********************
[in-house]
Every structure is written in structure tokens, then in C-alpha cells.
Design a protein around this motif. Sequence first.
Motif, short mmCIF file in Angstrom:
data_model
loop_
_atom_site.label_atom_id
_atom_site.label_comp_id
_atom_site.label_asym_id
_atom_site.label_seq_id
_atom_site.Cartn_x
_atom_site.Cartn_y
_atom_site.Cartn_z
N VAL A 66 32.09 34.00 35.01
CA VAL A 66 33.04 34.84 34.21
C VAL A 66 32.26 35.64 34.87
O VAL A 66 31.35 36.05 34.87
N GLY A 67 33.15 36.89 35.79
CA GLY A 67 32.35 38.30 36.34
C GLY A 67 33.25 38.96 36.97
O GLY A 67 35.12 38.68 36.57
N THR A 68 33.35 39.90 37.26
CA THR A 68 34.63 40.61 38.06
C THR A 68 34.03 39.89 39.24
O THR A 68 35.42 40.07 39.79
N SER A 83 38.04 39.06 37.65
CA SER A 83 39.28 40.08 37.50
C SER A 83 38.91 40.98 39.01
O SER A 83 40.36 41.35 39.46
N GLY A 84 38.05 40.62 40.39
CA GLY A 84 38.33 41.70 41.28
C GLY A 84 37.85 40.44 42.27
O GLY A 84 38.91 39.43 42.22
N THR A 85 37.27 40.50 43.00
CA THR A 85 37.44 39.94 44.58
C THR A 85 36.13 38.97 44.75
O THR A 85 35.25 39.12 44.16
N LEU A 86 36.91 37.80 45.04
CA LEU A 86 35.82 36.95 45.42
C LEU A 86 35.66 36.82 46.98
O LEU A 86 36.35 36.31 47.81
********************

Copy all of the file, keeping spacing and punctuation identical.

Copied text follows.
[in-house]
Every structure is written in structure tokens, then in C-alpha cells.
Design a protein around this motif. Sequence first.
Motif, short mmCIF file in Angstrom:
data_model
loop_
_atom_site.label_atom_id
_atom_site.label_comp_id
_atom_site.label_asym_id
_atom_site.label_seq_id
_atom_site.Cartn_x
_atom_site.Cartn_y
_atom_site.Cartn_z
N VAL A 66 32.09 34.00 35.01
CA VAL A 66 33.04 34.84 34.21
C VAL A 66 32.26 35.64 34.87
O VAL A 66 31.35 36.05 34.87
N GLY A 67 33.15 36.89 35.79
CA GLY A 67 32.35 38.30 36.34
C GLY A 67 33.25 38.96 36.97
O GLY A 67 35.12 38.68 36.57
N THR A 68 33.35 39.90 37.26
CA THR A 68 34.63 40.61 38.06
C THR A 68 34.03 39.89 39.24
O THR A 68 35.42 40.07 39.79
N SER A 83 38.04 39.06 37.65
CA SER A 83 39.28 40.08 37.50
C SER A 83 38.91 40.98 39.01
O SER A 83 40.36 41.35 39.46
N GLY A 84 38.05 40.62 40.39
CA GLY A 84 38.33 41.70 41.28
C GLY A 84 37.85 40.44 42.27
O GLY A 84 38.91 39.43 42.22
N THR A 85 37.27 40.50 43.00
CA THR A 85 37.44 39.94 44.58
C THR A 85 36.13 38.97 44.75
O THR A 85 35.25 39.12 44.16
N LEU A 86 36.91 37.80 45.04
CA LEU A 86 35.82 36.95 45.42
C LEU A 86 35.66 36.82 46.98
O LEU A 86 36.35 36.31 47.81